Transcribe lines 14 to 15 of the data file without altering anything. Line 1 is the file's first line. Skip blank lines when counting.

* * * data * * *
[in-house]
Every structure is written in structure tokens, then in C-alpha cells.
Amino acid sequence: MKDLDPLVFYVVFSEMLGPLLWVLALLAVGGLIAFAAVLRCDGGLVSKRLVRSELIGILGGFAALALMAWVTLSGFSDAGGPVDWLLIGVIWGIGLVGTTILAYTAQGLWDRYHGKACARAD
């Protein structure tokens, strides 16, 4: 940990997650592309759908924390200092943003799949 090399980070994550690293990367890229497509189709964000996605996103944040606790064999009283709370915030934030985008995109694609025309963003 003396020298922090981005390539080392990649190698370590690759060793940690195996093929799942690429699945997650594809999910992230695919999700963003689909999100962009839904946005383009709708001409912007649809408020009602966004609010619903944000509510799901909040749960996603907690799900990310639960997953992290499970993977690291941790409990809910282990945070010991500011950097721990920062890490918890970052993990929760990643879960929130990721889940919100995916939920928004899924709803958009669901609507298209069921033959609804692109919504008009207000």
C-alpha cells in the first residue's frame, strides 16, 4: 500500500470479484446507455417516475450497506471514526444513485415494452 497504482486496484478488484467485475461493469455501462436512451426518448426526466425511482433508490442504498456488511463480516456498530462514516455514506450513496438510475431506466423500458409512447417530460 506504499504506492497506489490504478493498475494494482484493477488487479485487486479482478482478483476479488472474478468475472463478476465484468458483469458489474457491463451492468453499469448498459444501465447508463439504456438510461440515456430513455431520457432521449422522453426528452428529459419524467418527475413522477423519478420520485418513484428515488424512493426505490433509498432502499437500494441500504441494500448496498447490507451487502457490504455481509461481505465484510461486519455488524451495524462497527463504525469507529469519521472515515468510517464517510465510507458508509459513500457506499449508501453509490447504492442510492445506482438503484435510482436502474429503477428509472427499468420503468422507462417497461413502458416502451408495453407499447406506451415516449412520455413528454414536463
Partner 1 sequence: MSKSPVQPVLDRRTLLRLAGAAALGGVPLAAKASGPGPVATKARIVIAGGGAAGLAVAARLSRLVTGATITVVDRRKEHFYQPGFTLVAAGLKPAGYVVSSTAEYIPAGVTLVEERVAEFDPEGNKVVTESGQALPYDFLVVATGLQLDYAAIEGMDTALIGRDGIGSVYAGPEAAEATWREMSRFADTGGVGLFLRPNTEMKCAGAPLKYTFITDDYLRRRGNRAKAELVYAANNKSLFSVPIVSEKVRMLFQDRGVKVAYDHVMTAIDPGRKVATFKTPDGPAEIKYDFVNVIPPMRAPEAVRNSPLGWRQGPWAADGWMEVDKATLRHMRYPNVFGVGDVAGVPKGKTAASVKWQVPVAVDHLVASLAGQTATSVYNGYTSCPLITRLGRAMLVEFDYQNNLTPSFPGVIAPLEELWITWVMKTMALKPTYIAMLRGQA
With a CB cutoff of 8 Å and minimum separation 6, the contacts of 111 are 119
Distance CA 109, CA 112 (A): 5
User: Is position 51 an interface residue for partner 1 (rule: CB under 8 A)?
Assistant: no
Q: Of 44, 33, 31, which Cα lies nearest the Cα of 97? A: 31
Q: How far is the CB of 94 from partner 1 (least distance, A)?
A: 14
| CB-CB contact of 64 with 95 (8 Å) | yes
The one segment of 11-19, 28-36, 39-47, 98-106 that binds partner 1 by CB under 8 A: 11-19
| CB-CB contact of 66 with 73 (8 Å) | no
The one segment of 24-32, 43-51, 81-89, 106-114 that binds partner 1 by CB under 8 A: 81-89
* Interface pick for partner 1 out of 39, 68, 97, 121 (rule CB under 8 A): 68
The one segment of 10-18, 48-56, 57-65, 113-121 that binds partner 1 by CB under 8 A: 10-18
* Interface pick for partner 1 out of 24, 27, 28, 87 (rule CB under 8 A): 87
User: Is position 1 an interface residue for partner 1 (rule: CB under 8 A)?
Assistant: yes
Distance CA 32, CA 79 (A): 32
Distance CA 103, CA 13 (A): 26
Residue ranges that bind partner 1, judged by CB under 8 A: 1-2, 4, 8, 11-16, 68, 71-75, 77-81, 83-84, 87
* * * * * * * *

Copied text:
| CB-CB contact of 64 with 95 (8 Å) | yes
The one segment of 11-19, 28-36, 39-47, 98-106 that binds partner 1 by CB under 8 A: 11-19